PSNI unveils accountability plans

Feedback from the public in the North on how police treated them could make or break officers’ promotion hopes under new plans for increasing accountability in the PSNI.

Feedback from the public in the North on how police treated them could make or break officers’ promotion hopes under new plans for increasing accountability in the PSNI.

Officers intend to phone people affected by crime and ask them to assess the policeman or woman who dealt with their case – data which will then be relied upon in future job interviews.

Chief Constable Matt Baggott revealed the initiative as he launched a series of police commitments to the public.

The four-page pledge is being sent to 750,000 homes across the North this week outlining what people can expect from the PSNI.

It includes promises over response times, keeping people updated with the progress of investigations and identifies key community priorities, such as tackling anti-social behaviour.

The new officer appraisal system, which will see around 9,000 people phoned, will come into operation this autumn.

“When people want to move on in their career, whether that’s a promotion or anything else, one of the fundamental questions they will be asked is: what did the public think of you?” explained Mr Baggott.

“So we will be ringing people back. They could say: ’Matt Baggott: he really kept me informed, was caring, was a real ambassador for the PSNI, asked me how it (the crime) could be stopped happening again, asked me anything else I can do for my family, put me in touch with a neighbourhood officer, absolutely first class.’ Okay, there’s your entry point into the future career then.

“But the alternative: ’Matt Baggott: indifferent, wasn’t terribly professional,’ Well, clearly we are going to have some work to do then.

“So like every other major £1.2 billion organisation that relies upon confidence to succeed, we are no different, we’re no different to a commercial company except our business is far more difficult and has far more implications for Northern Ireland.

“But there wouldn’t be any company who wouldn’t ring people back and say how was our service, so why don’t we do that.”

Mr Baggott insisted the list of pledges represented a significant step change.

“These aren’t airy-fairy, stuck on the wall, soft, pink, fluffy, does it really matter, this is serious step change in accountability after 10 years of having the PSNI in life,” he said.

The chief said he had decided to publish the set of pledges because his career had shown him the method worked.

He said it helped instil more confidence in the police.

“Confidence, to be frank, underpins everything we do and if you are going to have confidence in policing you need to demonstrate you are performing consistently in the things that matter,” he said.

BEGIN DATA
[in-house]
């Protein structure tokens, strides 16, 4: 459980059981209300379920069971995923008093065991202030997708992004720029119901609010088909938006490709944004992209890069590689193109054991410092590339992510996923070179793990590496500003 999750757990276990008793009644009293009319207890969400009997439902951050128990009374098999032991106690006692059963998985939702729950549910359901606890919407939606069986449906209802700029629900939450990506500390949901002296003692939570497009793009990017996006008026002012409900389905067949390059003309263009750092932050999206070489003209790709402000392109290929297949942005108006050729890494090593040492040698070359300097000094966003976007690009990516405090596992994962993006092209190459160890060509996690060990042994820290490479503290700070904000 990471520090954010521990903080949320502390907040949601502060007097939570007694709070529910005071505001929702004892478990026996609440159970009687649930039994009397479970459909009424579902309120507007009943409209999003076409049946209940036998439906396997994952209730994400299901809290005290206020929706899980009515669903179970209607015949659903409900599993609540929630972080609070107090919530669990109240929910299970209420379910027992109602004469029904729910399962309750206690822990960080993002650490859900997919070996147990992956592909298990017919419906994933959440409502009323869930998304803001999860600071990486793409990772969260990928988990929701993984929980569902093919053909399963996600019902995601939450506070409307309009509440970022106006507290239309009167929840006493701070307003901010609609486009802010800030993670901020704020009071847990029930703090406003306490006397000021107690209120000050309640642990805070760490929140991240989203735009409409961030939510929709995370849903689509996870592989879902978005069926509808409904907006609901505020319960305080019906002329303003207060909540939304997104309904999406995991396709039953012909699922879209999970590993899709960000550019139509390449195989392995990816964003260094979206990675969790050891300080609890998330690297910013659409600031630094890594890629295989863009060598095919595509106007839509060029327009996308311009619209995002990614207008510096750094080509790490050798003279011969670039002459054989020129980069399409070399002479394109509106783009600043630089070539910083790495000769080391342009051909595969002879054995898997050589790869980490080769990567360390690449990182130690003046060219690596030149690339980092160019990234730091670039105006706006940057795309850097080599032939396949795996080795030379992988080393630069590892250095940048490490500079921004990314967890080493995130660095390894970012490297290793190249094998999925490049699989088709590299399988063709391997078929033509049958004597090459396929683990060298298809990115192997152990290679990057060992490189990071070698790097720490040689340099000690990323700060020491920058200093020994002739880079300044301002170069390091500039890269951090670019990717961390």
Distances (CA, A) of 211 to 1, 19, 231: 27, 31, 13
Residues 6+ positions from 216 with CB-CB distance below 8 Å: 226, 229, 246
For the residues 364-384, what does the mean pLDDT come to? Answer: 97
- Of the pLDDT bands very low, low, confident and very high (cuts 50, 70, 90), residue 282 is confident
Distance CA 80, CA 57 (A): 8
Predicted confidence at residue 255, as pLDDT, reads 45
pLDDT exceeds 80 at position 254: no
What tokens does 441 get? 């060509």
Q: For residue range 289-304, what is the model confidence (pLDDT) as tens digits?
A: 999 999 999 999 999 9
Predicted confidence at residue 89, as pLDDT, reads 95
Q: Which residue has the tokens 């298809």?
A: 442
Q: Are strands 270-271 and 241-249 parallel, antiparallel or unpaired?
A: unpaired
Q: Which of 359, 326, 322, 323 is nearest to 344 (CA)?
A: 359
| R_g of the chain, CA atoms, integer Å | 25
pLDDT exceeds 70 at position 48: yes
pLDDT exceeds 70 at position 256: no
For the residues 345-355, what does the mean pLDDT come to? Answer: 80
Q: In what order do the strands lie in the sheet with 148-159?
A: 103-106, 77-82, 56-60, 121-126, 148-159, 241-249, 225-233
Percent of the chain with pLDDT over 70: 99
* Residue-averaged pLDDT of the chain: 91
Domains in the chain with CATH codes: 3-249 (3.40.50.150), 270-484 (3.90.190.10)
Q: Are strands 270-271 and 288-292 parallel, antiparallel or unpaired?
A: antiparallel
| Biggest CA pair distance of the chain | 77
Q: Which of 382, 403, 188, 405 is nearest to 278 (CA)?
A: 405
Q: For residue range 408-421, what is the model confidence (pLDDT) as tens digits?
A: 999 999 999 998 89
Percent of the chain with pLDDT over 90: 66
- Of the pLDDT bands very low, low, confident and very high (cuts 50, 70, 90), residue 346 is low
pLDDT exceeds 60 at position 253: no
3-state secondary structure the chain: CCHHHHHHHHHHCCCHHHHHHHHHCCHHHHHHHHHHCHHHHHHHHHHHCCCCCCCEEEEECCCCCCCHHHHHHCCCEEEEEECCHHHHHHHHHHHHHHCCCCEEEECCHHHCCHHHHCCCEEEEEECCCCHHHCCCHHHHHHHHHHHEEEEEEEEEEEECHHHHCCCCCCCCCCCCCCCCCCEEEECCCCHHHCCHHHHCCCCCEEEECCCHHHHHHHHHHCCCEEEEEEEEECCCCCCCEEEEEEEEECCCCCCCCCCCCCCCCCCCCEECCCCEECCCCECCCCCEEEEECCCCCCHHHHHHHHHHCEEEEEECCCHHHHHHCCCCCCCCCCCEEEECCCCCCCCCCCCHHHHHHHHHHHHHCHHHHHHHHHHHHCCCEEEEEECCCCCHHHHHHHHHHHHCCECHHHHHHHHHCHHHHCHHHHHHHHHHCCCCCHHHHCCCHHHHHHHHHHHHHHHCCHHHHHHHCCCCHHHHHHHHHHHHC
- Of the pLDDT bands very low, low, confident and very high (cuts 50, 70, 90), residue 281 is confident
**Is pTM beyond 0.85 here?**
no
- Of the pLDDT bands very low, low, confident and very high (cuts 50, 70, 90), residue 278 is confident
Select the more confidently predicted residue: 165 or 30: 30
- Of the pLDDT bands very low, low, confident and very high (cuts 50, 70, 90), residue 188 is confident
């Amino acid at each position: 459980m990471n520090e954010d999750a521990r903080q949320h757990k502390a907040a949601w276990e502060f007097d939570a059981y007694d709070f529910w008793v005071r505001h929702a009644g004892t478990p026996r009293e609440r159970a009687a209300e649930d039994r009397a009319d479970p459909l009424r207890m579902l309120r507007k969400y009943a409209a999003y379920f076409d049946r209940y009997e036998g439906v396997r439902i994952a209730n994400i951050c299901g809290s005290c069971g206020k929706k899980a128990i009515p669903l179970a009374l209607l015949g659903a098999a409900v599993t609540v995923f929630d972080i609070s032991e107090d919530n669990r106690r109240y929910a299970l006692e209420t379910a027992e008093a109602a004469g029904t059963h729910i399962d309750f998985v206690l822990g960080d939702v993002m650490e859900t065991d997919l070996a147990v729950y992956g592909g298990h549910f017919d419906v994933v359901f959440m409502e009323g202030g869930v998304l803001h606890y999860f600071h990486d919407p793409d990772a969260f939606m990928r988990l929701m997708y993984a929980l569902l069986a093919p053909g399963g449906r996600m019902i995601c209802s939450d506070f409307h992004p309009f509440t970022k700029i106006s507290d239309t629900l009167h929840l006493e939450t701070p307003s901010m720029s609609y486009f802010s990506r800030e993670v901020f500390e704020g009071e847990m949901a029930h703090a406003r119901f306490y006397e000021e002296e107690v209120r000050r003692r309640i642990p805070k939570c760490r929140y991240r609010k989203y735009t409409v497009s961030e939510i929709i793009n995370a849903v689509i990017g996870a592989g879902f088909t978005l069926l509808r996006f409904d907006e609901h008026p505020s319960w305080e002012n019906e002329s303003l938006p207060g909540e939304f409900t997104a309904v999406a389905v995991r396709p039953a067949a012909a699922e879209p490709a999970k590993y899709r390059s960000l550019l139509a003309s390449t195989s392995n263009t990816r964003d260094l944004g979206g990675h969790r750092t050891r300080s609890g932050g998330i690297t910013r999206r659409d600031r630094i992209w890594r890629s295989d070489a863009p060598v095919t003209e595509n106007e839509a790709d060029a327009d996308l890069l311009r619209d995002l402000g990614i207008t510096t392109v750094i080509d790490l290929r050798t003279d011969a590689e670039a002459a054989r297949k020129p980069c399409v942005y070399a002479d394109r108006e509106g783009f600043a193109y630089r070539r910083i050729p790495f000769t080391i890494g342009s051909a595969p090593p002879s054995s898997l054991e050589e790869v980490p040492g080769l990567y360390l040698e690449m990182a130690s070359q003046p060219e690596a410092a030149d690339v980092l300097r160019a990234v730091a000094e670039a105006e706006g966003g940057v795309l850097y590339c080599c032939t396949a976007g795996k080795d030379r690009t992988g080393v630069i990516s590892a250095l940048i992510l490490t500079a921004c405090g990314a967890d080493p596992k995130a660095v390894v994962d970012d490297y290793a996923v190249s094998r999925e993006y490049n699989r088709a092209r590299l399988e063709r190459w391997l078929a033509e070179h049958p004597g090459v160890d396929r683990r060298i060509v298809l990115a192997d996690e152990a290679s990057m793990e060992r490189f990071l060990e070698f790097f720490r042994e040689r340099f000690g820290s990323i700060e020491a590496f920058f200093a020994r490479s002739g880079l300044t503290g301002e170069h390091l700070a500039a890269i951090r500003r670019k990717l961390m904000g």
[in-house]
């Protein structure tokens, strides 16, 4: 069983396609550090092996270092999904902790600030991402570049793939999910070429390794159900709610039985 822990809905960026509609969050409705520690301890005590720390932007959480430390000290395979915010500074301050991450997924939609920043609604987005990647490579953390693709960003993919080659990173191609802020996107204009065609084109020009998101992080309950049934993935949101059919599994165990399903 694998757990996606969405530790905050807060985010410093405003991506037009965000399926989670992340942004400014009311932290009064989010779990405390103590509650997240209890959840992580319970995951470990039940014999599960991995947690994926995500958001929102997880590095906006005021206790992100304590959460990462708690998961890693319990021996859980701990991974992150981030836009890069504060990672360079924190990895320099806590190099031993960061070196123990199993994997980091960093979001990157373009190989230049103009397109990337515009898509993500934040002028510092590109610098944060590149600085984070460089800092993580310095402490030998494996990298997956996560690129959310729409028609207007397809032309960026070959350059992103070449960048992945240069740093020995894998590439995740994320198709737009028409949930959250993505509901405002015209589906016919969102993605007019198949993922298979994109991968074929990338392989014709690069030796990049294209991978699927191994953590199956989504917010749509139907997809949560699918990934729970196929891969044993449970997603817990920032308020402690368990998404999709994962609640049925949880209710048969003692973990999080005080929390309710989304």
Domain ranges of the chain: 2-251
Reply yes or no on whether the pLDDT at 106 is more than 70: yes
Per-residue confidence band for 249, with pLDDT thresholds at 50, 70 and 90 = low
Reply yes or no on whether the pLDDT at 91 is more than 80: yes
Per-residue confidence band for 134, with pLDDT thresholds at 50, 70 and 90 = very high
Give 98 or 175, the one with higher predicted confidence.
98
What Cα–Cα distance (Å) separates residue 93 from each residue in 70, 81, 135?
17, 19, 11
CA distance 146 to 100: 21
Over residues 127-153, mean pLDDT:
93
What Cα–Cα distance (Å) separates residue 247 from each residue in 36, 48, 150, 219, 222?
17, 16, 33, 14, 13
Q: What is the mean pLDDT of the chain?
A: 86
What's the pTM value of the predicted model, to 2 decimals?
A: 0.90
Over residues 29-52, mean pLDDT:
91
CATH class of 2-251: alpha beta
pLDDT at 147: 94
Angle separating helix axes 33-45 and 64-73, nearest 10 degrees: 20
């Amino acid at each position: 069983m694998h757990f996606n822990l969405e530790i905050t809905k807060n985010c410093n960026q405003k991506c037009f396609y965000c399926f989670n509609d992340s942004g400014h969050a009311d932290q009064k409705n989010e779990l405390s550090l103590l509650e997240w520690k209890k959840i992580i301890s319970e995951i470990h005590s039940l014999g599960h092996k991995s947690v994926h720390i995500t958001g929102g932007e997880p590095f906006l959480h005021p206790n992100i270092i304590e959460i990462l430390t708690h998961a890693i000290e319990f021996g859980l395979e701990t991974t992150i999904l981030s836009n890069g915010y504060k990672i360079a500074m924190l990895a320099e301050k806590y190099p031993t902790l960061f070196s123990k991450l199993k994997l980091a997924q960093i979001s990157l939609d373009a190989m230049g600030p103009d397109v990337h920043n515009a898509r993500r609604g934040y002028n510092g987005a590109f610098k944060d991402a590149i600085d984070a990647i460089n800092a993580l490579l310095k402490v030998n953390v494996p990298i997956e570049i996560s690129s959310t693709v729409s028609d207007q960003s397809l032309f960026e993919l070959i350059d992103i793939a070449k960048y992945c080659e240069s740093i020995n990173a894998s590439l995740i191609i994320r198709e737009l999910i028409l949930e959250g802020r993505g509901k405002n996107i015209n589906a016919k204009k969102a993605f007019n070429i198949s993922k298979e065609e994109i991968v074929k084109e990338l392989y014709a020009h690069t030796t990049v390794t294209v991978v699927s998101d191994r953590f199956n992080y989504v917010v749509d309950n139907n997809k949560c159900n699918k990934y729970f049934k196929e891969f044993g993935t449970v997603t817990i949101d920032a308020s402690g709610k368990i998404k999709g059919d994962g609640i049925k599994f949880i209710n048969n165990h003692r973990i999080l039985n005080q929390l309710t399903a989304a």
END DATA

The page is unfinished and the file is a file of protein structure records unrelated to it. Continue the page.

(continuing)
“Without confidence you don’t have officers kept safe; without confidence you don’t have witness statements, without confidence you don’t have good information; without confidence people won’t report a crime to you.

“So if we are to perform as a police service on behalf of everybody people have got to have confidence and the best way of proving that you are actually there for people is to set your standards consistently and keep to them.”

He added: “So it’s a contract between ourselves and everyone in Northern Ireland, setting out the basics that people want from policing and if you like proving to people our own impartiality and the fact that we are performing to a very high standard indeed.”

Mr Baggott said while many of the pledges outlined are already being delivered by officers, the commitments would ensure consistency.

“I think what we haven’t had is consistency so the idea that you get the same service in Strabane as you would in Derry as you would in Bangor is very important to me because we’ve got to prove we’re impartial,” he added.

But the chief constable acknowledged that the security situation would mean that officers may sometimes be unable to meet the commitments, particularly in regard to response times.

“We are not going to compromise police safety,” he said.

“There will be times when we have to say ’sorry, we can’t do that’ and that may be because there is particular information or concerns and I’ve got to be realistic about that because I am certainly not going to undermine our own colleagues’ safety by being either careless or clumsy.

“But I think this (the pledges) is entirely part of dealing with the security situation and we saw that at Ronan’s (Pc Kerr’s) funeral, the more confidence people have in us: our impartiality, what we stand for. And the more we can demonstrate that, firstly the more these people (dissidents) will be persuaded and isolated and, secondly, I think there is a real momentum at the moment around embracing good policing and I want to keep that going and, thirdly, you never know when a kindness will end up in a piece of information that will keep someone safe.

“So this is the story of truth. I am reading all the time from these people (dissidents) that I am a general of an occupying army, I am under political control: absolute load of nonsense.

“The best way to give the truth to that lie is by demonstrating very obviously who you are and what you stand for so I think this is really important.

“And why shouldn’t the 99% of decent people have a better police service that looks forward? Why shouldn’t we allow them (the dissidents) to push us back, why shouldn’t we have neighbourhood officers in the right numbers to make a difference?”

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